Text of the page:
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It is my profound pleasure to participate in the launch of the 2014 Ghana Extractive Industries Transparency Initiative (GHEITI) Reconciliation Reports for Mining and Oil/Gas. This report comes on the heels of milestone  achievement  in  the  enactment  of  policies  designed  to maximize the benefits of natural resource to the state and citizenry. No doubt Ghana has been recognized as the star performer in initiating reforms based on the reconciliation reports at  the 2016 EITI global conference which was held in Lima, Peru.

It is instructive to note that Ghana's EITI accolades have largely been achieved on  the back of  the  mining industry. Indeed, Ghana's EITI implementation was focused exclusively on the mining industry until the year 2010 when the initiative was extended to the oil & gas sector.

Mr. Chairman, I do recall that in the few months subsequent to the launching of the GHEITI in 2002, the Chamber of Mines participated in the several international technical workshops and key meetings in London and Paris that defined how the initiative will be implemented. Furthermore, because EITI is a government led initiative, the Chamber persuaded the government of Ghana to sign on to the global initiative and the mining industry collaborated with the then Ministry of Energy to organize the first workshop on EITI in Ghana in 2003. Not long after, Ghana signed on to the initiative, and as it is said, the rest is history.

Mr. Chairman, I wish to commend member companies of the Chamber of Mines who have subjected themselves to the rigors of the EITI since
2005 when the actual audits commenced. Government also deserves commendation for providing the political leadership as well as financial resources for the implementation of the initiative. Civil Society representation has largely been positive with constructive engagements that have contributed immensely to the success of Ghana's EITI. It is worth mentioning that EITI has been hugely instrumental in thawing the relationship between companies, government and its many agencies as well as civil society organizations.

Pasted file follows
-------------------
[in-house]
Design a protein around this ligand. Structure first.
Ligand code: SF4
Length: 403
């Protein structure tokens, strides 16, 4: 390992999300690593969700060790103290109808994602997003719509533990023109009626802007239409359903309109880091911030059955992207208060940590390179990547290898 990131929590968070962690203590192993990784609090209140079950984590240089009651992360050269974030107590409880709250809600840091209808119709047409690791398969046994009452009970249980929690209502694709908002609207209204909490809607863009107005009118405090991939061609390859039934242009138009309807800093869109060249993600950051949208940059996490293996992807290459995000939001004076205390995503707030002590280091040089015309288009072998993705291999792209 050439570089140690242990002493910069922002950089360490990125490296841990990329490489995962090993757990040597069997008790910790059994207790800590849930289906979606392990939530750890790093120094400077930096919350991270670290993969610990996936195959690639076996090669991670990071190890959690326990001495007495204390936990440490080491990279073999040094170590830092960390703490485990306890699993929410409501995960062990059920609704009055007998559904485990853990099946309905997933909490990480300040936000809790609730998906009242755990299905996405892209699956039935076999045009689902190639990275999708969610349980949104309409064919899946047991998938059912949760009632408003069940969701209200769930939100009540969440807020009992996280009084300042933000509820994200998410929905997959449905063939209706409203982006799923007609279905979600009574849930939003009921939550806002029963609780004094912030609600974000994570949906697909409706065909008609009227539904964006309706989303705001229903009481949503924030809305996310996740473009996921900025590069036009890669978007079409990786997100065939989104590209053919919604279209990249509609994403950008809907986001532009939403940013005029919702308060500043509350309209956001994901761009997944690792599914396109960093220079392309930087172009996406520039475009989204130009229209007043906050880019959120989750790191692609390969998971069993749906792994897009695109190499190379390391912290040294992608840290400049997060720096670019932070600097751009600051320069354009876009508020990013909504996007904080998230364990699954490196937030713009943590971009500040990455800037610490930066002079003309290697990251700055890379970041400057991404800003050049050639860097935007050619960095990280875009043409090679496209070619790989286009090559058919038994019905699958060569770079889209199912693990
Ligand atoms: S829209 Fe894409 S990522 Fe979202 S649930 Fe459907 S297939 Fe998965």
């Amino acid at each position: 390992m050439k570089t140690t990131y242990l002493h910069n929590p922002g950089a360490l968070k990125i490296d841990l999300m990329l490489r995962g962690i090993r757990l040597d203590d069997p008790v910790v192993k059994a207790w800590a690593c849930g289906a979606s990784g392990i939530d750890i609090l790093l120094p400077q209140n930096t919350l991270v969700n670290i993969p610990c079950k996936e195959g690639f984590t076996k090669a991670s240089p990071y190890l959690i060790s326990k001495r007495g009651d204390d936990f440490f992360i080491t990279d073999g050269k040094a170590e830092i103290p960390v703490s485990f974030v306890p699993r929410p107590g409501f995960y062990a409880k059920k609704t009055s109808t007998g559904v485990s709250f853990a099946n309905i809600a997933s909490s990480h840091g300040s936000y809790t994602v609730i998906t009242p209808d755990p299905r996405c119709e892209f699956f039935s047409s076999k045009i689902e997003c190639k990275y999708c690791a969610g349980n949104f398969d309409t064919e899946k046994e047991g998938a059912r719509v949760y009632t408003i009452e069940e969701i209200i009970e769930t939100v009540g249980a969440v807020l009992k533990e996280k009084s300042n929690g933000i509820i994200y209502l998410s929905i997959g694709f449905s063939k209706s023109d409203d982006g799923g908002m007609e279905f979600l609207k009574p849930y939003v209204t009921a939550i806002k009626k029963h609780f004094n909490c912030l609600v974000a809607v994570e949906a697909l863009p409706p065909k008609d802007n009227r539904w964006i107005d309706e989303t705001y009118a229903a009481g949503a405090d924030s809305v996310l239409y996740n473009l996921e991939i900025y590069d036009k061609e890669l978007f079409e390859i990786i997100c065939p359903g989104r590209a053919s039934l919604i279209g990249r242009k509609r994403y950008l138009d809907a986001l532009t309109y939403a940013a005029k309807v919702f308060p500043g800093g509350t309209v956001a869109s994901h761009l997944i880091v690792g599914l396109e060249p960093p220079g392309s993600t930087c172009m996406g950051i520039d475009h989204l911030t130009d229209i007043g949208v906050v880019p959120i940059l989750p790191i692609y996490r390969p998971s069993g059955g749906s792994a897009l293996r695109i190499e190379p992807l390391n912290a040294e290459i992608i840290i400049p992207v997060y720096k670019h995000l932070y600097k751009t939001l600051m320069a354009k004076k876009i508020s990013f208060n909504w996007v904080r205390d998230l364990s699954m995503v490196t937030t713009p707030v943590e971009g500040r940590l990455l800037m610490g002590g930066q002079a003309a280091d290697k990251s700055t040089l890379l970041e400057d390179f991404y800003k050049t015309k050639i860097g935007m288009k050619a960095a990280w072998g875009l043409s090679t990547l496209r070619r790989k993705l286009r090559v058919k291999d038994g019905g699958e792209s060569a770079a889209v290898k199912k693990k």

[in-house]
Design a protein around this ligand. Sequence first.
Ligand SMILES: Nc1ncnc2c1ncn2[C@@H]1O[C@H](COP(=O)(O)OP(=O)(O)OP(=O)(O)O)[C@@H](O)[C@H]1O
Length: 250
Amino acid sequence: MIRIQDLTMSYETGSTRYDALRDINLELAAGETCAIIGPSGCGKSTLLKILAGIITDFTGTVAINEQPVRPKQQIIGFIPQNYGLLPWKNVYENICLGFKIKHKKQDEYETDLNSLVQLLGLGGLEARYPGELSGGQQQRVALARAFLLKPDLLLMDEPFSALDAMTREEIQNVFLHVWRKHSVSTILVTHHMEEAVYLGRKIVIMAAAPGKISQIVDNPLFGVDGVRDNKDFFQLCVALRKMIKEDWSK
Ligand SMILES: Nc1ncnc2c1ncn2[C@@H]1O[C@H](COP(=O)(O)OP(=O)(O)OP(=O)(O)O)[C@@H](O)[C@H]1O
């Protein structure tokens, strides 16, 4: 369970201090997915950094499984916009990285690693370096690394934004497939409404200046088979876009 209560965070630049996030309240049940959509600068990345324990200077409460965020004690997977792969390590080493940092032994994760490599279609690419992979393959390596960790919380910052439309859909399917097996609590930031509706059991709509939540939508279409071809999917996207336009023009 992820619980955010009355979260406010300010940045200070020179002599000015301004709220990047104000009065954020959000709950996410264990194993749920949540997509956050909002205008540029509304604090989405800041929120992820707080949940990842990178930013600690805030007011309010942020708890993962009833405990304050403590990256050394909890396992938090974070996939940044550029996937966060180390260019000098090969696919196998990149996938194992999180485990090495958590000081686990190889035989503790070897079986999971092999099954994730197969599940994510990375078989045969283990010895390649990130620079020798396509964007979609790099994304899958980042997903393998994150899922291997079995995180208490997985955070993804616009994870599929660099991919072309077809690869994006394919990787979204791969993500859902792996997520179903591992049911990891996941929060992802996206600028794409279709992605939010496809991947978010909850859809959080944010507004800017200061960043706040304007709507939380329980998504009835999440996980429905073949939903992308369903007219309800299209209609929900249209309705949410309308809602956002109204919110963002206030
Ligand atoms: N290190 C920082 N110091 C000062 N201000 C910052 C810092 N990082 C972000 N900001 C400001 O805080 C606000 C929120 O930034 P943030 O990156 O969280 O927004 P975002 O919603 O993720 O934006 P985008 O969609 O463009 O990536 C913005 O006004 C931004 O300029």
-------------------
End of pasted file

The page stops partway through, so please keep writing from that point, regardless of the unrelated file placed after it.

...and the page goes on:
Mr. Chairman, as is well known, EITI is about communication and therefore the issues that arise out of the publication of the reconciled reports are as important as the reports themselves, if not more important. In  the  early years of  EITI  implementation, discussions on  the  EITI reports centered on the inadequacy of government's receipts from the mining industry. However as the mining companies got into full production  and  were  advanced  in  recouping  their  investments,  they began to pay corporate taxes in addition to mineral royalties .The very large inflows from corporate tax payments, coupled with royalty, PAYE as  well  as  dividends  payments  swelled  the  mining  industry’s fiscal contribution to the state. Indeed, the mining industry has been the largest contributor to the Ghana Revenue Authority’s collections in the last few years.

Nonetheless, the developmental imbalance between host mining communities and non-mining communities continues to persist, a situation which reflects negatively on the mining industry. In this regard, the Chamber and its members continue to urge the state to expend fiscal receipts from the mining sector in a more sustainable manner.   The passage of the Minerals Development Fund Act epitomizes the strain of our  thought and accordingly, we  commend the  Sector Ministry and Minerals Commission for their efforts that culminated in the promulgation of the Act. However, a significant share of mineral sector receipts continue to be channeled into the Consolidated Fund to finance a variety of projects, including recurrent expenditure. It is our humble view that given that these revenues flow from a finite resource, it is prudent that the state sets aside a portion for a rainy day. The mining industry therefore advocates that mineral revenues should be managed along the lines of the provisions of the Petroleum Revenue Management Act, Act 815. It is our considered opinion that such a legislation will enhance  transparency in  the  utilization  and  management of  mineral revenue for the benefit of the good people of Ghana and generations yet unborn, who are the owners of the mineral resource endowments.

Mr. Chairman, I wish to assure you of the Chamber’s continued support for GHEITI in line with our abiding objective to promote transparency, accountability and sustainable utilization of benefits from mining.

I thank you for your kind attention and May God bless us all.


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